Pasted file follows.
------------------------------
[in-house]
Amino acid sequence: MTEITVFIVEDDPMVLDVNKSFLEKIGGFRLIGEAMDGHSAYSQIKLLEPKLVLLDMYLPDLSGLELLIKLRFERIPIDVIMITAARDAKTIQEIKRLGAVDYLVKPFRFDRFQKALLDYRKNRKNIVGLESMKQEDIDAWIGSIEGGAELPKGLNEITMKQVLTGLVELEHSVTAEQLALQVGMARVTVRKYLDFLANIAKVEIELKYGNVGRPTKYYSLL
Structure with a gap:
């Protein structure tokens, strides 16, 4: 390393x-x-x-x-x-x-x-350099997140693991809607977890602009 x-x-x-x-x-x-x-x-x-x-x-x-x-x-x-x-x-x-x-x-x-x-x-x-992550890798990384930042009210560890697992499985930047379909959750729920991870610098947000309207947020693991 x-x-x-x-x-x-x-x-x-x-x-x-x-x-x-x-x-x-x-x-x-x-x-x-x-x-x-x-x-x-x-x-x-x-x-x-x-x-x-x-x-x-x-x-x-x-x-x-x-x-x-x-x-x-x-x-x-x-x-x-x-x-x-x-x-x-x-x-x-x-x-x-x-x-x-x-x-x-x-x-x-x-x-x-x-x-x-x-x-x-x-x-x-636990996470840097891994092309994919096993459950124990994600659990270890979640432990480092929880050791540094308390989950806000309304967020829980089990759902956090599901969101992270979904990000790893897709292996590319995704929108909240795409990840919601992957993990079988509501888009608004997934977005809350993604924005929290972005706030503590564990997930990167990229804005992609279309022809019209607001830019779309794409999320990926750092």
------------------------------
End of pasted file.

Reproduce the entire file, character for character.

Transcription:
[in-house]
Amino acid sequence: MTEITVFIVEDDPMVLDVNKSFLEKIGGFRLIGEAMDGHSAYSQIKLLEPKLVLLDMYLPDLSGLELLIKLRFERIPIDVIMITAARDAKTIQEIKRLGAVDYLVKPFRFDRFQKALLDYRKNRKNIVGLESMKQEDIDAWIGSIEGGAELPKGLNEITMKQVLTGLVELEHSVTAEQLALQVGMARVTVRKYLDFLANIAKVEIELKYGNVGRPTKYYSLL
Structure with a gap:
């Protein structure tokens, strides 16, 4: 390393x-x-x-x-x-x-x-350099997140693991809607977890602009 x-x-x-x-x-x-x-x-x-x-x-x-x-x-x-x-x-x-x-x-x-x-x-x-992550890798990384930042009210560890697992499985930047379909959750729920991870610098947000309207947020693991 x-x-x-x-x-x-x-x-x-x-x-x-x-x-x-x-x-x-x-x-x-x-x-x-x-x-x-x-x-x-x-x-x-x-x-x-x-x-x-x-x-x-x-x-x-x-x-x-x-x-x-x-x-x-x-x-x-x-x-x-x-x-x-x-x-x-x-x-x-x-x-x-x-x-x-x-x-x-x-x-x-x-x-x-x-x-x-x-x-x-x-x-x-636990996470840097891994092309994919096993459950124990994600659990270890979640432990480092929880050791540094308390989950806000309304967020829980089990759902956090599901969101992270979904990000790893897709292996590319995704929108909240795409990840919601992957993990079988509501888009608004997934977005809350993604924005929290972005706030503590564990997930990167990229804005992609279309022809019209607001830019779309794409999320990926750092």